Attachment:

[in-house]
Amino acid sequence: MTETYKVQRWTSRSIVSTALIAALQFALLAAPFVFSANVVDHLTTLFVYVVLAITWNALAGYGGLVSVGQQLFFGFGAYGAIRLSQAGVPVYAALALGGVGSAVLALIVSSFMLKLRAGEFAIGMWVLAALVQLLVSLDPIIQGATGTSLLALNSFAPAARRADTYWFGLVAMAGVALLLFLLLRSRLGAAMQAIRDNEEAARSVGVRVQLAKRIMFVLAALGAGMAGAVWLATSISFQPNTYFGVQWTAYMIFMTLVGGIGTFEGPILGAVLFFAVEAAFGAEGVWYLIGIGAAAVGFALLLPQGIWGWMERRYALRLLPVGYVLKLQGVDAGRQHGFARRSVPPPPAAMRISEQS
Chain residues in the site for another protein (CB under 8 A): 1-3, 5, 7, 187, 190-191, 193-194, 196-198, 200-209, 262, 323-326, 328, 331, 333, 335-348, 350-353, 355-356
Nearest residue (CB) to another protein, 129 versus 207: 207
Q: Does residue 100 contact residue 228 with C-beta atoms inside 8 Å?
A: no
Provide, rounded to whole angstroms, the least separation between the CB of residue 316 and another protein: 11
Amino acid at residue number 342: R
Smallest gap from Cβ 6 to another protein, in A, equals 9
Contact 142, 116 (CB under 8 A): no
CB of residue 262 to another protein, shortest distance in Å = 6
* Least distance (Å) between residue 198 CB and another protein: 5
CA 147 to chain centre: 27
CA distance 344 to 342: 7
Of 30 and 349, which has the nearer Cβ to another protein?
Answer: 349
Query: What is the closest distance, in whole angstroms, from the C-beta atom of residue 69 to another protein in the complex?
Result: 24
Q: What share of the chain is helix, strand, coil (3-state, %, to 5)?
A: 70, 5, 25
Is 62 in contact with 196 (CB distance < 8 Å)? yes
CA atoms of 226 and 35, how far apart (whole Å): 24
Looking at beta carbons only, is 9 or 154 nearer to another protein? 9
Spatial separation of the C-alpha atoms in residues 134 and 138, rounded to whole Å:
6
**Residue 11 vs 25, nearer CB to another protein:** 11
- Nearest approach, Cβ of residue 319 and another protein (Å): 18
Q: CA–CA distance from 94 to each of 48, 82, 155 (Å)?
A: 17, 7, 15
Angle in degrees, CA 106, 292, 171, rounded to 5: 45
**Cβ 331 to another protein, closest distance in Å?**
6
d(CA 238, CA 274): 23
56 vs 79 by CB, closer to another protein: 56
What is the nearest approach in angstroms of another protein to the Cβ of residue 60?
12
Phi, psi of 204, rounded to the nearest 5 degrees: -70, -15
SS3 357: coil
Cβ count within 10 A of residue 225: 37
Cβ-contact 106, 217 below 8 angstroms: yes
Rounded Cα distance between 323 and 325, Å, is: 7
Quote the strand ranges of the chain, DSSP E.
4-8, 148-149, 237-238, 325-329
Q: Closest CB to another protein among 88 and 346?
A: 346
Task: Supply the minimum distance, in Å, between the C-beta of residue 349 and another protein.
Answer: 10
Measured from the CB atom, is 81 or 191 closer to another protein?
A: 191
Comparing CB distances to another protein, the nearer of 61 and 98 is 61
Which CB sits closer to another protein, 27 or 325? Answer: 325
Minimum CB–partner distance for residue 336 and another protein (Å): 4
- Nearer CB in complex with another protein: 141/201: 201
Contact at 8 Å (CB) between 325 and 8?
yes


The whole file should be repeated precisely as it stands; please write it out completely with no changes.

[in-house]
Amino acid sequence: MTETYKVQRWTSRSIVSTALIAALQFALLAAPFVFSANVVDHLTTLFVYVVLAITWNALAGYGGLVSVGQQLFFGFGAYGAIRLSQAGVPVYAALALGGVGSAVLALIVSSFMLKLRAGEFAIGMWVLAALVQLLVSLDPIIQGATGTSLLALNSFAPAARRADTYWFGLVAMAGVALLLFLLLRSRLGAAMQAIRDNEEAARSVGVRVQLAKRIMFVLAALGAGMAGAVWLATSISFQPNTYFGVQWTAYMIFMTLVGGIGTFEGPILGAVLFFAVEAAFGAEGVWYLIGIGAAAVGFALLLPQGIWGWMERRYALRLLPVGYVLKLQGVDAGRQHGFARRSVPPPPAAMRISEQS
Chain residues in the site for another protein (CB under 8 A): 1-3, 5, 7, 187, 190-191, 193-194, 196-198, 200-209, 262, 323-326, 328, 331, 333, 335-348, 350-353, 355-356
Nearest residue (CB) to another protein, 129 versus 207: 207
Q: Does residue 100 contact residue 228 with C-beta atoms inside 8 Å?
A: no
Provide, rounded to whole angstroms, the least separation between the CB of residue 316 and another protein: 11
Amino acid at residue number 342: R
Smallest gap from Cβ 6 to another protein, in A, equals 9
Contact 142, 116 (CB under 8 A): no
CB of residue 262 to another protein, shortest distance in Å = 6
* Least distance (Å) between residue 198 CB and another protein: 5
CA 147 to chain centre: 27
CA distance 344 to 342: 7
Of 30 and 349, which has the nearer Cβ to another protein?
Answer: 349
Query: What is the closest distance, in whole angstroms, from the C-beta atom of residue 69 to another protein in the complex?
Result: 24
Q: What share of the chain is helix, strand, coil (3-state, %, to 5)?
A: 70, 5, 25
Is 62 in contact with 196 (CB distance < 8 Å)? yes
CA atoms of 226 and 35, how far apart (whole Å): 24
Looking at beta carbons only, is 9 or 154 nearer to another protein? 9
Spatial separation of the C-alpha atoms in residues 134 and 138, rounded to whole Å:
6
**Residue 11 vs 25, nearer CB to another protein:** 11
- Nearest approach, Cβ of residue 319 and another protein (Å): 18
Q: CA–CA distance from 94 to each of 48, 82, 155 (Å)?
A: 17, 7, 15
Angle in degrees, CA 106, 292, 171, rounded to 5: 45
**Cβ 331 to another protein, closest distance in Å?**
6
d(CA 238, CA 274): 23
56 vs 79 by CB, closer to another protein: 56
What is the nearest approach in angstroms of another protein to the Cβ of residue 60?
12
Phi, psi of 204, rounded to the nearest 5 degrees: -70, -15
SS3 357: coil
Cβ count within 10 A of residue 225: 37
Cβ-contact 106, 217 below 8 angstroms: yes
Rounded Cα distance between 323 and 325, Å, is: 7
Quote the strand ranges of the chain, DSSP E.
4-8, 148-149, 237-238, 325-329
Q: Closest CB to another protein among 88 and 346?
A: 346
Task: Supply the minimum distance, in Å, between the C-beta of residue 349 and another protein.
Answer: 10
Measured from the CB atom, is 81 or 191 closer to another protein?
A: 191
Comparing CB distances to another protein, the nearer of 61 and 98 is 61
Which CB sits closer to another protein, 27 or 325? Answer: 325
Minimum CB–partner distance for residue 336 and another protein (Å): 4
- Nearer CB in complex with another protein: 141/201: 201
Contact at 8 Å (CB) between 325 and 8?
yes